Gates of Auschwitz

Lessons from Auschwitz: ‘Never again’ is now

Auschwitz. A name that hisses with a diabolical resonance. The largest mass murder site in history was liberated 75 years ago this month by stunned Soviet troops who discovered 7000 skeletal prisoners standing with bare feet in the winter snow, staring at them behind barbed wire fences. This earthbound place of limitless hell, the centrepiece of Hitler’s Final Solution – the meticulously planned annihilation of Europe’s 9.5 million Jews, conceived by 14 Nazi chiefs, eight of them PhDs – reminds us that no so long ago, in the heart of Europe, an entire “civilised” country participated in the attempted destruction of the Jewish race.

The capacity of ordinary people – “murderers at the desk” such as civil servants filling out the train schedules that took the unsuspecting victims in sealed cattle cars to the camps – to commit acts of unspeakable cruelty, the role of the collaborators who betrayed their friends, the wilful blindness of bystanders who watched as their neighbours were hauled off to be massacred, are still difficult to fathom.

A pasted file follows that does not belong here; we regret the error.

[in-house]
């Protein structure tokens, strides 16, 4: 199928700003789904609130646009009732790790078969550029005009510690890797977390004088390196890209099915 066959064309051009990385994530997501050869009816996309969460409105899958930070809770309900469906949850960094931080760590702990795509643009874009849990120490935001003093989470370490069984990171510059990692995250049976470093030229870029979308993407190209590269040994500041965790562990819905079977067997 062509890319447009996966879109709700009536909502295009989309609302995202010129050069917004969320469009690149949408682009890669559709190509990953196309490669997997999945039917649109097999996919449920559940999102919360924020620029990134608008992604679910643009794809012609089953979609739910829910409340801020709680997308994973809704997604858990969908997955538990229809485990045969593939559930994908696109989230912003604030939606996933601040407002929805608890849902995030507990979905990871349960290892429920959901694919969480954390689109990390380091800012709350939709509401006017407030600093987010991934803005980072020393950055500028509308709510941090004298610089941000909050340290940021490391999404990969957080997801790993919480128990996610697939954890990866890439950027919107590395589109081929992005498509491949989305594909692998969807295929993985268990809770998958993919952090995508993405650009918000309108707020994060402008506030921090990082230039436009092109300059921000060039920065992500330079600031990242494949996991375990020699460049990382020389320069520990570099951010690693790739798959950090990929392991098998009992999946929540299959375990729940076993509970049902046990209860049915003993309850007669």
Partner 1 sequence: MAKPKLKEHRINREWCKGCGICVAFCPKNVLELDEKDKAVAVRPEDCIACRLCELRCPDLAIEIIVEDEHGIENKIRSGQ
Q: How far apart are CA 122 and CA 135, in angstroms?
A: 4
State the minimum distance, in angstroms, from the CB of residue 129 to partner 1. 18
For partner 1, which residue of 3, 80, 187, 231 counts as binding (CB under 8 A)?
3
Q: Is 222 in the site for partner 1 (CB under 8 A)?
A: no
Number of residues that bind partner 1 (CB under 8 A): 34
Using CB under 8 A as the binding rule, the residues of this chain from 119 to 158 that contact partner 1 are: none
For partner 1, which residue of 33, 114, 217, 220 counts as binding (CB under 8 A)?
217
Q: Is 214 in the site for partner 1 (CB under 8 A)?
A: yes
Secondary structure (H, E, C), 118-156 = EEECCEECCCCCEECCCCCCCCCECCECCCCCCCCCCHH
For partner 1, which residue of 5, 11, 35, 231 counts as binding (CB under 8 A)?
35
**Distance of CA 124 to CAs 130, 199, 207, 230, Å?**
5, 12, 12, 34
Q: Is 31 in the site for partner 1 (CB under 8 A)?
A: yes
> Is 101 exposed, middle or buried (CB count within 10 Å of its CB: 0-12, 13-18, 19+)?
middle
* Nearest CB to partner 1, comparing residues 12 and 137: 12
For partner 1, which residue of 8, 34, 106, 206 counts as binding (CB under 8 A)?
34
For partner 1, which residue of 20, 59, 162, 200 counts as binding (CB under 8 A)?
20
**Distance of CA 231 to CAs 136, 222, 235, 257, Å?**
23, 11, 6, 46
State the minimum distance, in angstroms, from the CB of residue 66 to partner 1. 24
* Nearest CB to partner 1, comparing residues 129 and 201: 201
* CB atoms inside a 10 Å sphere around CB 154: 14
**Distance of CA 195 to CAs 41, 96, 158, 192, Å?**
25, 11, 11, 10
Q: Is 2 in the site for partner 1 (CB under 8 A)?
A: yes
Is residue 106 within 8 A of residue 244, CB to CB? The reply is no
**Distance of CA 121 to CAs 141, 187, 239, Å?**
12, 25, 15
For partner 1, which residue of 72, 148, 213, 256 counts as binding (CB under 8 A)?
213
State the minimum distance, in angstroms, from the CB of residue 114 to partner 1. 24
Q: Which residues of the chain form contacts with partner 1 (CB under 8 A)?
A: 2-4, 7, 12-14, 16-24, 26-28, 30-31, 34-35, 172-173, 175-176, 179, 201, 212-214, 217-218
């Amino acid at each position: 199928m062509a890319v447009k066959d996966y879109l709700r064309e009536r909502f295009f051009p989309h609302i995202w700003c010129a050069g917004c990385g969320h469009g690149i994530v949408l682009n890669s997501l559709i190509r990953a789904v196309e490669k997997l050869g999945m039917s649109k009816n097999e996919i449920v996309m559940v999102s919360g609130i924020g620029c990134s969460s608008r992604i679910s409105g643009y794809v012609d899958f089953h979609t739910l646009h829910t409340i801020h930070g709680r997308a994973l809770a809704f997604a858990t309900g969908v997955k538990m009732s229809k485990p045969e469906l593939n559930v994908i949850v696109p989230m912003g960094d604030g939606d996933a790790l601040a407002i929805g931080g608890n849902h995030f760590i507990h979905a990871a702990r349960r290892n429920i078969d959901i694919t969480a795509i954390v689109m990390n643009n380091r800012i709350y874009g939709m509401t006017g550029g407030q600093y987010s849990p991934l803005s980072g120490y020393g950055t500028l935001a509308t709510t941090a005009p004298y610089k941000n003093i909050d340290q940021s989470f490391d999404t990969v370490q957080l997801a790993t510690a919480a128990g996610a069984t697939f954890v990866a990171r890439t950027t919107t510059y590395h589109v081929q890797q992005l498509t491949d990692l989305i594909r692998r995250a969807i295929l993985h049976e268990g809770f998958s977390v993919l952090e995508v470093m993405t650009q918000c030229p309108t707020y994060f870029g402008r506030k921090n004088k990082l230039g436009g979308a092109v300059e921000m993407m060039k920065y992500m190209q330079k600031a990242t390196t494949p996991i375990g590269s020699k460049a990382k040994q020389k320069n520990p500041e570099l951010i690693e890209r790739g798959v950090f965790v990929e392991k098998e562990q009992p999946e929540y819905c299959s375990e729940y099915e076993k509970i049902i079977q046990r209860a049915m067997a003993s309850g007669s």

Auschwitz stands for the ultimate consequence of antisemitism. In 1919, Hitler wrote that the “final goal must be the uncompromising removal of Jews altogether”. Twenty six years later, six million Jews, including 1.5 million children, were dead, savagely murdered because they were seen as sub-human. But the Holocaust was also a crime against all humankind.  Homosexuals, Roma gypsies, the disabled, Poles, political prisoners and others who were deemed unworthy, were also murdered.

Read the article by Dvir Abramovitch in The Age and The Brisbane Times.

[“an entire “civilised” country participated in the attempted destruction of the Jewish race.” Mr Abramovitch should know better. It was the Nazis that tried to classify the Jews as a race.

According to the Reich Citizenship Law and many clarifying decrees on its implementation, only people of “German or kindred blood” could be citizens of Germany. The law defined who was and was not a German, and who was and was not a Jew. The Nazis rejected the traditional view of Jews as members of a religious or cultural community. They claimed instead that Jews were a race defined by birth and by blood.

Despite the persistent claims of Nazi ideology, there was no scientifically valid basis to define Jews as a race.]